On animals seized by SPCA: 'I was taking care of them to the best of my ability' - The Buffalo News

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On animals seized by SPCA: 'I was taking care of them to the best of my ability'

WILSON — The SPCA of Niagara seized dozens of snakes, birds and other animals from a Wilson home Tuesday evening, charging it was a case of  animal cruelty.

But the residents denied the allegations, saying the animals were left over from an exotic animal business.

Robyn Dawe, 59, of Beebe Road, said her daughter Maria Dawe, 21, had operated the exotic animal business, and that's why there were so many animals in the house.

"It's been slowed down for the past year, just to take a break from everything. A business partner of mine who was not taking care of his animals, I just got those animals back from him, which were the snakes and a lot of the birds, while I was trying to get back on my feet, trying to take care of them as best I could," Maria Dawe said. "It was a little overwhelming, that's why it was very unorganized, but I was taking care of them to the best of my ability. Nobody was underfed, nobody was underwatered."

SPCA Executive Director Amy L. Lewis said misdemeanor charges will be lodged for failing to provide proper sustenance and veterinary care.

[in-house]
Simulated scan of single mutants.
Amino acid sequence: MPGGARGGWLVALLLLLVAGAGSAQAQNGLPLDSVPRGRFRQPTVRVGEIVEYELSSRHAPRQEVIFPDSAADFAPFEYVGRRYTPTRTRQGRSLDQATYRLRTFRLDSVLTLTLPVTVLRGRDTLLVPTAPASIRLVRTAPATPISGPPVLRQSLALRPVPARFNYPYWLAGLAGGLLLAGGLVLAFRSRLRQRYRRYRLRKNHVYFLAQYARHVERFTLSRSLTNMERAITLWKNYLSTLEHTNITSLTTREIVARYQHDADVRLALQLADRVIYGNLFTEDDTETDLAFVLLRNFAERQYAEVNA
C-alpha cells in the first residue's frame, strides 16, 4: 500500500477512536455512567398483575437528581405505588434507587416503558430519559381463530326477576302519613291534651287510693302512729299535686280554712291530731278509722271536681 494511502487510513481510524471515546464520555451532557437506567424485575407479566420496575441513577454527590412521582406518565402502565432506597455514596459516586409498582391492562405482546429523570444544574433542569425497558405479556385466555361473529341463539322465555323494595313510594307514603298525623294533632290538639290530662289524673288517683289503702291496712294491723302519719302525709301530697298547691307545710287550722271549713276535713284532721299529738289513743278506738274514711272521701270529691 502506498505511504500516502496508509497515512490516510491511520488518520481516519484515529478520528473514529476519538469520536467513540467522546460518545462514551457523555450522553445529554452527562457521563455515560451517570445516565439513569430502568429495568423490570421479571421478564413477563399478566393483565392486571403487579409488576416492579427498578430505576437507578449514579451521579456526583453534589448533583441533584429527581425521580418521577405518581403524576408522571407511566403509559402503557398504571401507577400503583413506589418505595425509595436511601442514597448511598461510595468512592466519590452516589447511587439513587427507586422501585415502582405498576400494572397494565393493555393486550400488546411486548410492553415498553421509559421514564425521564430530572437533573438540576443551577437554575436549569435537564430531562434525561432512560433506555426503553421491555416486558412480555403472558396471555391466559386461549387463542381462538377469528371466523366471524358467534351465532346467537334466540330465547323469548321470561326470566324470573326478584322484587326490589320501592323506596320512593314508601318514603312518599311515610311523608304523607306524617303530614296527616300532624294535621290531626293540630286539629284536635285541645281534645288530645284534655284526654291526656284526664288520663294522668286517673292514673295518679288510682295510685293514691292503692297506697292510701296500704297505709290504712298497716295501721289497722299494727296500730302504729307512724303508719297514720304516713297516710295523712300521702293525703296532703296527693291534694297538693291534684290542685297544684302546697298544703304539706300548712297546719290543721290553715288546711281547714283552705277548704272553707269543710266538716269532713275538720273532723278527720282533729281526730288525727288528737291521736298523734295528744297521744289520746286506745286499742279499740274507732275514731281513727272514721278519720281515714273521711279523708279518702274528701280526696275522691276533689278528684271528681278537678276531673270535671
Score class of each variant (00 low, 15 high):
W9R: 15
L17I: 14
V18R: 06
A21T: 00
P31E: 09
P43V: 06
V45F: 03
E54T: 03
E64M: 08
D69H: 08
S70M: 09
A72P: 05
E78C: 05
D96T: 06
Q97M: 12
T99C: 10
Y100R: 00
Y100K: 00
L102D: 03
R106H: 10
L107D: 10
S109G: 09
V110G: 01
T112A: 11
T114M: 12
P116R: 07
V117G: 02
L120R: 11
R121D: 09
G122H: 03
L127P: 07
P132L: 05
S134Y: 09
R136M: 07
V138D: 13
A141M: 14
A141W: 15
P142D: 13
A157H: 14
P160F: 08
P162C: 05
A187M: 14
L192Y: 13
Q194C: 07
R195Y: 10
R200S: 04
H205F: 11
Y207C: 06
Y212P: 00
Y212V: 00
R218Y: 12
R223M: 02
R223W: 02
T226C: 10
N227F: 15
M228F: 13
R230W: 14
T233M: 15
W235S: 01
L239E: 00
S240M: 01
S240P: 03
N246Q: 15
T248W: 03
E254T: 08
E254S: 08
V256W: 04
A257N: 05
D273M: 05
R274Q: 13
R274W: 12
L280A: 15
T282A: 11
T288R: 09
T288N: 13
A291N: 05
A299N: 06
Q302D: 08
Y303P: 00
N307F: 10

"We haven't counted the animals yet, there were so many of them," Lewis said. "I would say at least 100 snakes, probably at least 200 rats and mice, at least 40 to 50 birds and two miniature pigs."

Maria Dawe said the numbers were closer to 50 snakes and 25 to 30 birds.

"The story got pretty twisted around. It was a bit exaggerated," she said.

Robyn Dawe blamed a neighbor for getting her into trouble with the SPCA.

"We received a complaint that animals weren't being well cared for," Lewis said.

An officer from the SPCA interviewed Dawe early Tuesday afternoon, but was finally asked to leave.

The officer returned with a search warrant.

There are four children in the home, ages 14 to 17, the Dawes said.

Robyn Dawe said she already had appearance tickets for child endangerment and failing to check animal traps on her property. She said the traps were placed on her property by a neighbor without her knowledge.

She signed over the seized animals to the SPCA.

Lewis said the animals were taken to the organization's shelter to be inventoried and cared for, a process she expected to take well into the early hours on Wednesday.

Robyn Dawe said she begged the SPCA not to take four parrots that her husband, who has serious heart problems, plays with daily. The birds were left behind, but Dawe said the SPCA could take them Friday if they are dissatisfied with the conditions on a return visit.

The snakes were kept in Rubbermaid totes, Lewis said. They included pythons, corn snakes and boa constrictors, with a couple of king snakes. Most were about two feet long, but there were a couple of 8-footers, Lewis said.

A few dead snakes, mice and rats were removed. Lewis said the mice and rats were being raised to be fed to the snakes, but Robyn Dawe said several of them were unusual types and could have been pets.

Lewis said the SPCA will try to offer the animals for adoption.

"I'm certainly hoping the market's big. We don't want to hold onto them long-term," Lewis said.

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